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I was requested to split a MySQL in two, it's kind of a horizontal partition, in which some rows correspond to one site, and some other correspond to another site.
But they want to split it in two DBs in the same MySQL server.
I'm no DB expert but I guess keeping them in the same MySQL server with the same amount of memory and processor and the same platform won't improve things.
What we're trying to avoid is the "Too many connections" problem.

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up vote 3 down vote accepted

Running multiple instances on the same server would not be recommended as a solution to a connection limit.

If you mean multiple databases on the same instance on the same server that's primarily an architectural consideration and not necessarily a direct solution to a resource issue.

It sounds like your server has to be tuned. I've provided connection tuning recommendations before, this should help:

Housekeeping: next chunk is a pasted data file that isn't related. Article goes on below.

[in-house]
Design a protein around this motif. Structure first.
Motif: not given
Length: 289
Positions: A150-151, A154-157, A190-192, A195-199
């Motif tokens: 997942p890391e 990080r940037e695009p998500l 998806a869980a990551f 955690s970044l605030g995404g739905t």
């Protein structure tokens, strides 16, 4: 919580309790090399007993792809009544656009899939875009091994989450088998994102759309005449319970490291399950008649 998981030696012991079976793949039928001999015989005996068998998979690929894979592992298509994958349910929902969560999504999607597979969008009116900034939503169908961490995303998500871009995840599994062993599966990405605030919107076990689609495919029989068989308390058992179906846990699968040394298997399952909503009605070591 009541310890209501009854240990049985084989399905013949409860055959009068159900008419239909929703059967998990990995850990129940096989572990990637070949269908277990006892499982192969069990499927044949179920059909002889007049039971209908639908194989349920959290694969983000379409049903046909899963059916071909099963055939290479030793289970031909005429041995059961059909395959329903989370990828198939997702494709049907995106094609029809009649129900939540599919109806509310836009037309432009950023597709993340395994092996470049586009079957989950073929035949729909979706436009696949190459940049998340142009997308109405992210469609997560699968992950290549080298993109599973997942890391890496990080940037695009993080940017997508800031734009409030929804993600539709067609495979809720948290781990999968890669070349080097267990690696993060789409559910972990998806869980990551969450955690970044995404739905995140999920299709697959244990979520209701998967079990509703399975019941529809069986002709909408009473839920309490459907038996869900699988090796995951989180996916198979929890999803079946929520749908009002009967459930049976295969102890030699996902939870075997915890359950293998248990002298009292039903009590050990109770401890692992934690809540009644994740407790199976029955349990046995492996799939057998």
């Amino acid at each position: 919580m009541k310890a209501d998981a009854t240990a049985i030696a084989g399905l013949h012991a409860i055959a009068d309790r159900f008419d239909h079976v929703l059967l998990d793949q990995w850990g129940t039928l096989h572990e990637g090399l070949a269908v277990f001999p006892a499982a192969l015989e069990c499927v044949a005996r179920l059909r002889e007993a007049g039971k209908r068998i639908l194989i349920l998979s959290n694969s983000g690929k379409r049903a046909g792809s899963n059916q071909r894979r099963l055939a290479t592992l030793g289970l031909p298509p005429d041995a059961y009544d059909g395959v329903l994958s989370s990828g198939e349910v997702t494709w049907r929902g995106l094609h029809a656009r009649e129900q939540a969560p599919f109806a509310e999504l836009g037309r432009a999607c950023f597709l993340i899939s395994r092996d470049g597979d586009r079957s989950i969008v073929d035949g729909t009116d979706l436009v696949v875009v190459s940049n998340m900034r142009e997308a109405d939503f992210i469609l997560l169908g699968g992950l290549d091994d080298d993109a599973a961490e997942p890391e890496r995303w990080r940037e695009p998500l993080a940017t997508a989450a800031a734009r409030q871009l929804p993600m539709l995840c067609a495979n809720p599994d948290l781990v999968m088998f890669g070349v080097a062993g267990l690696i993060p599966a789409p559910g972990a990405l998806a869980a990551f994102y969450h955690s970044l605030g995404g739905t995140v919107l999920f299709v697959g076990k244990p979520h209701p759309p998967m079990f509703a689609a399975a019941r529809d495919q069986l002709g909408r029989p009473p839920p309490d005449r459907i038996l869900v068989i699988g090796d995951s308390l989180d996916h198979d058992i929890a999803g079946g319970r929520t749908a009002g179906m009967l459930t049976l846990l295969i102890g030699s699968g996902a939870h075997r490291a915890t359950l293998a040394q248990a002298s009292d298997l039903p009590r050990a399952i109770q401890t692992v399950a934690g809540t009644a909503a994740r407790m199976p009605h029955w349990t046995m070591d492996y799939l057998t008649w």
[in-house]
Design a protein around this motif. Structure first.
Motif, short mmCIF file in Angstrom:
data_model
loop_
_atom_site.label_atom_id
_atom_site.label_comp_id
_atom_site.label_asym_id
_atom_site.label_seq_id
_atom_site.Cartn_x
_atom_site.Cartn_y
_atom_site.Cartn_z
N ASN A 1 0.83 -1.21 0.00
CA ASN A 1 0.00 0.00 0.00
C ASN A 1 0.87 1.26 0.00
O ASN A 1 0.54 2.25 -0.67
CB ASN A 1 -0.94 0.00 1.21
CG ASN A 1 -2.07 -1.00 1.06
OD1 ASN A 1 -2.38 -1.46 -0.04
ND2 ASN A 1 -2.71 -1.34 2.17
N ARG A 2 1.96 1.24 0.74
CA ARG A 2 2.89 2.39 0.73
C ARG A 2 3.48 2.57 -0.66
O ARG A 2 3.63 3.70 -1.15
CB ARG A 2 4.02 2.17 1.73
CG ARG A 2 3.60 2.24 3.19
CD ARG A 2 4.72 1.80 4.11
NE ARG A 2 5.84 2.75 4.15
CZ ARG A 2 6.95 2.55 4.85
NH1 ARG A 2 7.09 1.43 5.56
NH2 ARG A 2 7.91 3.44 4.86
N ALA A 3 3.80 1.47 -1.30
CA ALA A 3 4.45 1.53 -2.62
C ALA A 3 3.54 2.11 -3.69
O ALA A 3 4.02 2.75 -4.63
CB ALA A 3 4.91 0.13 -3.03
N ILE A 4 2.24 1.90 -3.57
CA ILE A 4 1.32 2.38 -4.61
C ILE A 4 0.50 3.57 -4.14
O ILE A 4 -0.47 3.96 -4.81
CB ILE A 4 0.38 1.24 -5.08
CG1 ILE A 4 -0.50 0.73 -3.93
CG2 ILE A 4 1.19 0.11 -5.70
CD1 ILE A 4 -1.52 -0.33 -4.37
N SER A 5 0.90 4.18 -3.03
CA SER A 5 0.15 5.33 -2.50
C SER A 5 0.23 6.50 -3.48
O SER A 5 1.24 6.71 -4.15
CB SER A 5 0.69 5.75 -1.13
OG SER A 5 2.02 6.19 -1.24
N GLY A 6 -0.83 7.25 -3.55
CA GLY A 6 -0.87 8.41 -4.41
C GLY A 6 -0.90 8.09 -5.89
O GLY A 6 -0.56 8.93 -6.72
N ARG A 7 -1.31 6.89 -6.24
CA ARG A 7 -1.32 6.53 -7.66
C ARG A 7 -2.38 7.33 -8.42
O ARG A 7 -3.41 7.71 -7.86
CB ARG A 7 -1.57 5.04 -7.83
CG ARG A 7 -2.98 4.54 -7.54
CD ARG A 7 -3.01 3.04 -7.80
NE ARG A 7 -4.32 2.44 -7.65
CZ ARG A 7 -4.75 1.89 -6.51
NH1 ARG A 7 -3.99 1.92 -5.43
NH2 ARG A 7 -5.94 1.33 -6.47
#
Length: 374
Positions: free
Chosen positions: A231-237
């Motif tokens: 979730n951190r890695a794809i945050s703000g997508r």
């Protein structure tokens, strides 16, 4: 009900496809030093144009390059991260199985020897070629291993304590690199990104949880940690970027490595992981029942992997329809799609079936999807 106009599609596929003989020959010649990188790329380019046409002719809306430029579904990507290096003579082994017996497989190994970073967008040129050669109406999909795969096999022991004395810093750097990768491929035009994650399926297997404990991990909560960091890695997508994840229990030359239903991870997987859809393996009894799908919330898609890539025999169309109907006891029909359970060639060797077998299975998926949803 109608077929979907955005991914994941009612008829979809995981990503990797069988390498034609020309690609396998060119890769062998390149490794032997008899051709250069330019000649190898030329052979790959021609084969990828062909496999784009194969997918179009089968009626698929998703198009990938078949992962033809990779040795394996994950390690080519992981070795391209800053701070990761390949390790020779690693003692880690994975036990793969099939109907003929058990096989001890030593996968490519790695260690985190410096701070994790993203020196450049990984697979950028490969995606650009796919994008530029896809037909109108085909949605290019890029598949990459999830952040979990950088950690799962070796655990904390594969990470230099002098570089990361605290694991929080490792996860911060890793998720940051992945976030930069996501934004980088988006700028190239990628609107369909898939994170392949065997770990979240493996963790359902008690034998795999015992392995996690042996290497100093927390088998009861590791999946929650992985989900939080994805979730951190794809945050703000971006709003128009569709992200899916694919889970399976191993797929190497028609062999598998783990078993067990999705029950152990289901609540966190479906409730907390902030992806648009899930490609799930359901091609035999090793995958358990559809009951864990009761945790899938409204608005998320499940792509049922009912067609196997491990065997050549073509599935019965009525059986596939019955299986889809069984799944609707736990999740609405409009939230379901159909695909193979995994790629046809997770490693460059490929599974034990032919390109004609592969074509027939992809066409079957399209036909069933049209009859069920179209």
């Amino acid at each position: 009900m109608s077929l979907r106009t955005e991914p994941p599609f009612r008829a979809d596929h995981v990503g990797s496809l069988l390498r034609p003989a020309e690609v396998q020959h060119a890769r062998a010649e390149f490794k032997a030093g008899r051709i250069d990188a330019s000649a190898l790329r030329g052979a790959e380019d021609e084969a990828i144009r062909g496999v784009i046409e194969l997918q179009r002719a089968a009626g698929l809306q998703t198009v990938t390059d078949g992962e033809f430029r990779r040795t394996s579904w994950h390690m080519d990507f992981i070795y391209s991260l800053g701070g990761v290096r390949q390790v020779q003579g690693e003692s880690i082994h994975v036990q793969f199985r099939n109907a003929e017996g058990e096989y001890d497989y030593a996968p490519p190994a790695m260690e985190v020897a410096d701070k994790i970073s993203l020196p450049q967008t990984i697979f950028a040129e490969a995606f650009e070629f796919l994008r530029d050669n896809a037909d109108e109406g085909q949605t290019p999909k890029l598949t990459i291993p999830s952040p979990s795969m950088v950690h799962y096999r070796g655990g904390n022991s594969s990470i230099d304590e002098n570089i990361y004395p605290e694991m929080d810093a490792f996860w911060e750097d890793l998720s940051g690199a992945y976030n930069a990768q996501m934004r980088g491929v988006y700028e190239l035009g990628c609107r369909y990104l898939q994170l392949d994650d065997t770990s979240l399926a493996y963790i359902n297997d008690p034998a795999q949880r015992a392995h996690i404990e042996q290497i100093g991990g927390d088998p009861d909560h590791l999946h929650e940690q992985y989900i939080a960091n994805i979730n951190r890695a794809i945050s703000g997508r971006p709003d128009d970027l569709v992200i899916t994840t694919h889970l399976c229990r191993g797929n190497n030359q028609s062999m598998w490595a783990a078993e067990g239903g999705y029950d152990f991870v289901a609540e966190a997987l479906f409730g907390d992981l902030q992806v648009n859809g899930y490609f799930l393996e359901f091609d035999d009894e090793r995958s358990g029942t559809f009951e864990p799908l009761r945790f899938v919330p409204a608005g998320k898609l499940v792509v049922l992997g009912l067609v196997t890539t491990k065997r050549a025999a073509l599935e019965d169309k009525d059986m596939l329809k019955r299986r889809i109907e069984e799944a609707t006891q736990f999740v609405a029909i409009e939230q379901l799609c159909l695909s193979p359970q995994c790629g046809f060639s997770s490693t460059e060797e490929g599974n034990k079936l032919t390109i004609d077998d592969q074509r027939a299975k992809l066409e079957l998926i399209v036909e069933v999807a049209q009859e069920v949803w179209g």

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Thanks. Yes, I mean the second, two DBs in the same instance. – Petruza May 21 '10 at 14:54

You should investigate why you're running out of connections, first and foremost. Do clients grab a connection and then hold it for a long time? Does each child of a web server have its own connection, or does the server manage a connection pool?

I recommend turning on the general query log to investigate - it records connection details. Note that you probably don't want to have the general query log on in general production use!

Having multiple databases on the same server doesn't change the connections to the server.

Increase connections only because you genuinely have some large number of clients who are known to manage connections properly. However, it most cases, "too many connections" indicates a client-side problem.

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Thanks, I'm not too much in control of the servers, actually we develop a site in php and only have access to the DB via phpMyAdmin, so there's not much we can do about server tuning and configuration. I was requested to split the DB and I was just justifying my position about that procedure. – Petruza May 21 '10 at 19:08

You are correct, that won't help a connection problem (assuming you mean two dbs and one mysql binary running, not two different mysql installations on the same hardware, which might help but is a totally backwards way of doing it...)

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